There were also challenges to what participants saw as unhelpful assumptions embedded in ostensibly progressive language of western philanthropy. Several speakers branded the terminology of ‘decolonising philanthropy’ as ‘problematic’ for re-enforcing an idea that the locus of control and power is in the north. That is ‘undermining of the richness and breadth of African philanthropy’ according to veteran practitioner Theo Sowa.
The movement to #ShiftThePower also received friendly critique along similar lines – an implicit suggestion that power needs to move from north to south. Localisation – another Western-centric term – was questioned for clumsily trying to shift agency but ending up maintaining it in western hands.
There was also frustration at western institutions casting African philanthropy bodies as ‘intermediaries’ – a ‘cheaper option’ for pass-through funding observed OSFs Sarah Mukasa.
So where does that leave Africans working for major international foundations like OSF, Ford, Hewlett Foundation – who together with human rights funder Wellspring – were all in attendance.
‘My access to resources means I’m a bridge to transformation… to serve the cause of transformation’, according to the Ford’s Jessica Horn.
That bridge now extends all the way to the gilded streets of Silicon Valley following the Hewlett Foundation’s recruitment of rising star Diakhoumba Gassama, the first African hired by the foundation outside of the US. A former special adviser to UNAIDS director Winnie Byanima, Gassama is set to play a significant role in changing not just the resourcing but the terms of the conversation around feminist philanthropy well beyond the walls of the Hewlett Foundation.
It was therefore fitting that Gassama facilitated what proved to be a memorable final morning. Between sublime musical interludes from Senegalese musician, Aita Senghor, one participant after another came to the floor to make personal and institutional commitments. Trust Africa and Urgent Action Fund Africa together pledged $500,000 to a new solidarity endowment to build the power of feminist pan African philanthropy.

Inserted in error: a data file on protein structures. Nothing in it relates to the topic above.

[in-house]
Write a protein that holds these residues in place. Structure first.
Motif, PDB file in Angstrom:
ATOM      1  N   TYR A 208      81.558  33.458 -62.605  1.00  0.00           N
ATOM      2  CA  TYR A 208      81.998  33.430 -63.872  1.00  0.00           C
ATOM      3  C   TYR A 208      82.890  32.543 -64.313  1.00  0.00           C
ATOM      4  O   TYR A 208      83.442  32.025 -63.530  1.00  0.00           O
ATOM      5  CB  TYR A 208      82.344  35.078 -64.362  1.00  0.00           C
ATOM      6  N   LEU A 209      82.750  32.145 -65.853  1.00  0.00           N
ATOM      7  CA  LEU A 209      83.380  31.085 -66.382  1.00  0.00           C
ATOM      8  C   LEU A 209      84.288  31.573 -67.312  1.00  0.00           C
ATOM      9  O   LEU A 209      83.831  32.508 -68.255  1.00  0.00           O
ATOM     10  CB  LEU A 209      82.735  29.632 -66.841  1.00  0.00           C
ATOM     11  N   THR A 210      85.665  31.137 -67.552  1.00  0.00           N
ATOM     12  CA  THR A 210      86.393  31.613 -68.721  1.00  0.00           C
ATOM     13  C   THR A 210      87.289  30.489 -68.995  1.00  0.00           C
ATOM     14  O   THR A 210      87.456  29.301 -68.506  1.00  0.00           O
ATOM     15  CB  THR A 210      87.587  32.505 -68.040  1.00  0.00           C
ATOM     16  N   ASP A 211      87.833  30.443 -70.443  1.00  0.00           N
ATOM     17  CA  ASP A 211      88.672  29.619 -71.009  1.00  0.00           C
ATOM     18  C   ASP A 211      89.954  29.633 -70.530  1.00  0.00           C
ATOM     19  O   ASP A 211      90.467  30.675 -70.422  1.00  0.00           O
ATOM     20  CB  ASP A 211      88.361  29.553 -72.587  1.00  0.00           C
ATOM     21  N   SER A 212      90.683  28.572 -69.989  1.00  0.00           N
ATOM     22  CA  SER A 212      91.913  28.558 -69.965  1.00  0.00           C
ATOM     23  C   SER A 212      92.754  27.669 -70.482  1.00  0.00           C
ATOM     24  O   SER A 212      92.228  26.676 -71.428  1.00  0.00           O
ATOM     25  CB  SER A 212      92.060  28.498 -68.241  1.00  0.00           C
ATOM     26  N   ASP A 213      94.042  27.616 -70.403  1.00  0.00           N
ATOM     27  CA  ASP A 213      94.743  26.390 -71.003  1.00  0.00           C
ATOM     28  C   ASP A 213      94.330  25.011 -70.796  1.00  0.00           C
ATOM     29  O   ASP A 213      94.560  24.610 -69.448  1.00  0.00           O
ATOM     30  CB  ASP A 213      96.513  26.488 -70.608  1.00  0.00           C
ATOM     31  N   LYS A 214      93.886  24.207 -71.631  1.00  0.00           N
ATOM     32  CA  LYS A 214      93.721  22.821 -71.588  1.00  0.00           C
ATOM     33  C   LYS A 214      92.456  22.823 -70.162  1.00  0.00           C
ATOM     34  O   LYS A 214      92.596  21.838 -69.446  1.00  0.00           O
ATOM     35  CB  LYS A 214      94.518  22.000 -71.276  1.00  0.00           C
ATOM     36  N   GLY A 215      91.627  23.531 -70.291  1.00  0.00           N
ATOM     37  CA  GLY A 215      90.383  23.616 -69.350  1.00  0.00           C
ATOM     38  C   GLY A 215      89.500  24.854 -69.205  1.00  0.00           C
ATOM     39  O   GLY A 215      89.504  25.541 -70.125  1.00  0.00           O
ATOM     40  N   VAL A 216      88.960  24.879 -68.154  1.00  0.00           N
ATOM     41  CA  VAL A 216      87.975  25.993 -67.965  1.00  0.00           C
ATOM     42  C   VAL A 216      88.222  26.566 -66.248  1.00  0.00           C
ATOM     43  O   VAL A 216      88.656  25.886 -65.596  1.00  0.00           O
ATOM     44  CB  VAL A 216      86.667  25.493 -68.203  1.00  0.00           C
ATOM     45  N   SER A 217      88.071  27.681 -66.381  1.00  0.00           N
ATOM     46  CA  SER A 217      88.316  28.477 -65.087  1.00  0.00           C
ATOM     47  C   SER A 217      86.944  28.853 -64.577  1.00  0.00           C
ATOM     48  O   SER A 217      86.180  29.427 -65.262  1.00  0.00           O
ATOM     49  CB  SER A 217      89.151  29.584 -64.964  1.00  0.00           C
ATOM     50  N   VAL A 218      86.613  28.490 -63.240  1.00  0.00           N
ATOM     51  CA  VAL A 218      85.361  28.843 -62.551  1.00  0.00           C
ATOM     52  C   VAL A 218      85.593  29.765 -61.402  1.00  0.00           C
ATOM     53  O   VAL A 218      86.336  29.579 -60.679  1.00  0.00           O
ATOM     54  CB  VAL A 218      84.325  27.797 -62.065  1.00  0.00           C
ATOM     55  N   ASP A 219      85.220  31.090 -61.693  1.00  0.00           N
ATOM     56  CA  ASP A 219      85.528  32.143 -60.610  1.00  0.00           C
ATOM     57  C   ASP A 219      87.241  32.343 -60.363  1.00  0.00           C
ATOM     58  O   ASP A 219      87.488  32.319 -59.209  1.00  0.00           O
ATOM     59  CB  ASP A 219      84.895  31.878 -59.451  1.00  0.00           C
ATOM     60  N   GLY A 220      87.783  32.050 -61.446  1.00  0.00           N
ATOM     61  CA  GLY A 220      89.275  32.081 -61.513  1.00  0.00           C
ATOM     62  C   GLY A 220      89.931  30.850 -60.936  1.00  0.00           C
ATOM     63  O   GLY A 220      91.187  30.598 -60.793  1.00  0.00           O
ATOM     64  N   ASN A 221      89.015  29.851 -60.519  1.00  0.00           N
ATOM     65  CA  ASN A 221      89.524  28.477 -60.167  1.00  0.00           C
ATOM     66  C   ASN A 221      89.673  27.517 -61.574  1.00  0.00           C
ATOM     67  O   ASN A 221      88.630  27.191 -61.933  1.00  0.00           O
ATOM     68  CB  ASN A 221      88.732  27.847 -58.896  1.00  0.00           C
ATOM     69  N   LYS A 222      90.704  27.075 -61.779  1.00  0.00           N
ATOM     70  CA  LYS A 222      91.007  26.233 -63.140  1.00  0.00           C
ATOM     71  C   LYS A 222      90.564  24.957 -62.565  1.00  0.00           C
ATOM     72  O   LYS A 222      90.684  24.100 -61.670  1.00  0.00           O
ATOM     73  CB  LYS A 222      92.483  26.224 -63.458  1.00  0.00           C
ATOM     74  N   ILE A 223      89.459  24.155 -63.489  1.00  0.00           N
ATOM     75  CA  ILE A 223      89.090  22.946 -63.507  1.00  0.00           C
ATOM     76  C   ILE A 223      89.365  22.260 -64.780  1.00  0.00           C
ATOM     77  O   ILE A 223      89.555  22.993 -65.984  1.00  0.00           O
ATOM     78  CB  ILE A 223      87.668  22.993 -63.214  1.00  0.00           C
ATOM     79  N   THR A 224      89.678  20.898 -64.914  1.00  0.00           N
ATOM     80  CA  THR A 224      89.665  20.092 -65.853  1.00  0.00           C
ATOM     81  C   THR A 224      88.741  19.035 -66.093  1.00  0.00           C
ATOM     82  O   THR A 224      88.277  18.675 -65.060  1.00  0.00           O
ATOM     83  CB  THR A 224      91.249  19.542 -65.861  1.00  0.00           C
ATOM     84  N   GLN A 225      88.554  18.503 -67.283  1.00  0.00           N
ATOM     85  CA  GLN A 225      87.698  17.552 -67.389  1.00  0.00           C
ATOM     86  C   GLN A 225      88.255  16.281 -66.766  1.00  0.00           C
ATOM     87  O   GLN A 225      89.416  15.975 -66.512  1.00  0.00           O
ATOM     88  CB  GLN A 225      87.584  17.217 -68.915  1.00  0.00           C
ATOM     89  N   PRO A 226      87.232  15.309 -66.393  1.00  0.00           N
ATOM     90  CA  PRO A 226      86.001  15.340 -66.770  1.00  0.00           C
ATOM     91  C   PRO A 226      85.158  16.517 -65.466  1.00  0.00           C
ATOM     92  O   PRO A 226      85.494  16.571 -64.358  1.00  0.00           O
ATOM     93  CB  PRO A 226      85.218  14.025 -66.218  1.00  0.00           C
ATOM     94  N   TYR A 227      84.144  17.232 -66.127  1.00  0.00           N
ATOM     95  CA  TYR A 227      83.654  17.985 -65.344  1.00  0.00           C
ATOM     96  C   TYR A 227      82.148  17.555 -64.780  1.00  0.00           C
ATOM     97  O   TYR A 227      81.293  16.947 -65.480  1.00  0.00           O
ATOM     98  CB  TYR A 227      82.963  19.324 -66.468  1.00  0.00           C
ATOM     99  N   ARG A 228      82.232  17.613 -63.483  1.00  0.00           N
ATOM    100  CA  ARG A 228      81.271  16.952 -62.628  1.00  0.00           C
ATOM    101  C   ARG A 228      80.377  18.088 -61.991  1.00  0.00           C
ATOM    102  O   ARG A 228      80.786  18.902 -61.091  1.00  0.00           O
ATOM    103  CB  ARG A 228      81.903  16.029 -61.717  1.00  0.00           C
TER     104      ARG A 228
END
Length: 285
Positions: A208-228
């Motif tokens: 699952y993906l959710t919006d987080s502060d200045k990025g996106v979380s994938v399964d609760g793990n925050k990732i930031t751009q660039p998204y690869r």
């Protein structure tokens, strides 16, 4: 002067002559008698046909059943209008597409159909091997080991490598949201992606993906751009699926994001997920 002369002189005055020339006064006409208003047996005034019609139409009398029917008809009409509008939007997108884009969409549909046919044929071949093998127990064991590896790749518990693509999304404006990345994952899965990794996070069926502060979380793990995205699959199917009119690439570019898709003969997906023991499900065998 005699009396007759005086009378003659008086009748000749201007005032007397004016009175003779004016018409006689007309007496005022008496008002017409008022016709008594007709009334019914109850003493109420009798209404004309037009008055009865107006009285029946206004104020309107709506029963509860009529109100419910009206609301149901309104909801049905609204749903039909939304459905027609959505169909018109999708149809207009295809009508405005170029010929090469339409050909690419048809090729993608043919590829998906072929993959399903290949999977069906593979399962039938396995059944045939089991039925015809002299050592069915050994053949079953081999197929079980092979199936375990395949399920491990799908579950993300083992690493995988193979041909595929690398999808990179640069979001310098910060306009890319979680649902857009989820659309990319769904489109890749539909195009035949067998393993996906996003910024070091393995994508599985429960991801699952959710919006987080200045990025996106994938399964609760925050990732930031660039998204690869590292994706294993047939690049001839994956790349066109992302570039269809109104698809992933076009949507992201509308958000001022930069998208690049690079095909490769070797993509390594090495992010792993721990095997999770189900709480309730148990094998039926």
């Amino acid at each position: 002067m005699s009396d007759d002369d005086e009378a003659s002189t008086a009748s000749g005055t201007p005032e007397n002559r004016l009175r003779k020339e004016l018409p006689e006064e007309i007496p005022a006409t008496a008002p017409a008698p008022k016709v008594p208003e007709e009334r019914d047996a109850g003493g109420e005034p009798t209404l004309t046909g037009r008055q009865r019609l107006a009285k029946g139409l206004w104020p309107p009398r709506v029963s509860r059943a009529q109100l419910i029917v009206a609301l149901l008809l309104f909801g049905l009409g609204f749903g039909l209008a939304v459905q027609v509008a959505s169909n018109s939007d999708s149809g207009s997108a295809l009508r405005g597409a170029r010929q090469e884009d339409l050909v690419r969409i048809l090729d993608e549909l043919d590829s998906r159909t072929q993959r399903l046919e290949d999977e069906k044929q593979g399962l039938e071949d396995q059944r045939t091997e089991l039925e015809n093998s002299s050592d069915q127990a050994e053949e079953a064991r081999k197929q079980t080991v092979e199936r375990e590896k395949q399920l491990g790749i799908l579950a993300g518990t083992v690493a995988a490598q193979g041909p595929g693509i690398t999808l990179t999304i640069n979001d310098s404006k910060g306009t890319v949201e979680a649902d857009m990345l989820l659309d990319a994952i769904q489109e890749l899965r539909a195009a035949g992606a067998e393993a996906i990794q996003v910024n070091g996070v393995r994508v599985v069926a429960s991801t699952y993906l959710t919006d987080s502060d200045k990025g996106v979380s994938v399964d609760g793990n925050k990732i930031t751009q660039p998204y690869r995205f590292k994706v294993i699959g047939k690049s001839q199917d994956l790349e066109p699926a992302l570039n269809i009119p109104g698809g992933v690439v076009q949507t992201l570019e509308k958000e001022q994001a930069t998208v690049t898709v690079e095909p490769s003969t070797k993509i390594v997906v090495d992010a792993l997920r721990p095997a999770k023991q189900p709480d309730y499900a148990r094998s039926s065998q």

Equally impressive were the sheer number of participants who came forward to offer their own contributions of time, expertise and money. Perhaps most inspirational was UAF-Africa staffer Edmond Mugisha from Bujumbura, Burundi who the previous day had requested that $50 per month be deducted from his salary in support of the endowment – a pledge which helped inspire a flow of matching commitments from so many others the following day.
Expertise was on offer too. Bheki Moyo pledged to add a feminist philanthropy masterclass to the suite of teaching at Wits University. He also offered to seek advice on endowment management from his university while Marwa El Daly promised to report back on ways in which Egyptian traditions of a Waqf may be harnessed. Meanwhile, the African Women’s Development Fund pledged to commit its team to documenting the story of African feminist and social movements while OSFs Sarah Mukasa pledged to advocate in non-feminist institutions. Ese Emeri of the Global Fund for Community Foundations (and an Alliance regional representative) pledged to ensure that African feminists were present at the next meeting of the #ShiftThePower movement taking place in December.
Another person whose presence was felt was the philanthropist MacKenzie Scott. Despite its imperfections, many participants could be heard between sessions praising her philanthropic backing of women’s funds from Latin America to Africa. I wondered what she would make of these conversations – and the ripening of change – happening here thanks in part to her allyship.
And what of those African colleagues in the room representing western foundations? It was clear that they were all deeply impressed but perhaps predictably, they would have to submit their reports and ‘revert to HQ’, as Ford’s Nicky LeRoux put it. Institutional funding may follow.
The finale of this conference – and the conference itself – was one of the most interesting in my 20 years in philanthropy. Sometimes you glimpse the passion of activists only to see it frustrated. And on other occasions, you see effective practitioners but without a deeper vision to drive forward the work. Here we had both vision and action. A shared vision for pan-African and feminist philanthropy, a plan to build its power through an emerging infrastructure and hopes for an African rooted and run endowment.
It will be fascinating to see how the dedicated practitioners gathered in Naivasha will transform philanthropy in the years ahead. The transformation will make pan-African and feminist philanthropy more present, powerful and visible. How it will influence local and western billionaires and, of course, the venture philanthropy crowd remains to be seen.
Strategic and tactical tensions and questions will also need to be navigated. But be in no doubt, African feminists – and feminists everywhere – will be playing a central role in the years to come if this special gathering on the shores of Lake Naivasha is anything to go by.
Charles Keidan is Executive Editor of Alliance magazine.